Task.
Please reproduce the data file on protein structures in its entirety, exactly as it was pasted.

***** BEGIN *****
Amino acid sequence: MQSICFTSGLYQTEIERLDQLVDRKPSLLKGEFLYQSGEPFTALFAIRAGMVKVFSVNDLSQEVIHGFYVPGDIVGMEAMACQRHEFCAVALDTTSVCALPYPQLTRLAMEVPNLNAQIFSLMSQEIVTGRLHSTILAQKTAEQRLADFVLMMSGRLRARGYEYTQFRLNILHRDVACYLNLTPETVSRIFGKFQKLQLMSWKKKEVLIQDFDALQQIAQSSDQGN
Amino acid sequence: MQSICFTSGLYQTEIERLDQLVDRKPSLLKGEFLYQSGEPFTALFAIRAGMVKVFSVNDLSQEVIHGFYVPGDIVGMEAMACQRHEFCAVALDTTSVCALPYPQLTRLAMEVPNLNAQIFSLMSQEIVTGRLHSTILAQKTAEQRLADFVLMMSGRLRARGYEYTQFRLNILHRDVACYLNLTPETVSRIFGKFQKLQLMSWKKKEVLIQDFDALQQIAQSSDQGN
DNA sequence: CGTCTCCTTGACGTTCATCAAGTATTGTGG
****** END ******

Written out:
Amino acid sequence: MQSICFTSGLYQTEIERLDQLVDRKPSLLKGEFLYQSGEPFTALFAIRAGMVKVFSVNDLSQEVIHGFYVPGDIVGMEAMACQRHEFCAVALDTTSVCALPYPQLTRLAMEVPNLNAQIFSLMSQEIVTGRLHSTILAQKTAEQRLADFVLMMSGRLRARGYEYTQFRLNILHRDVACYLNLTPETVSRIFGKFQKLQLMSWKKKEVLIQDFDALQQIAQSSDQGN
Amino acid sequence: MQSICFTSGLYQTEIERLDQLVDRKPSLLKGEFLYQSGEPFTALFAIRAGMVKVFSVNDLSQEVIHGFYVPGDIVGMEAMACQRHEFCAVALDTTSVCALPYPQLTRLAMEVPNLNAQIFSLMSQEIVTGRLHSTILAQKTAEQRLADFVLMMSGRLRARGYEYTQFRLNILHRDVACYLNLTPETVSRIFGKFQKLQLMSWKKKEVLIQDFDALQQIAQSSDQGN
DNA sequence: CGTCTCCTTGACGTTCATCAAGTATTGTGG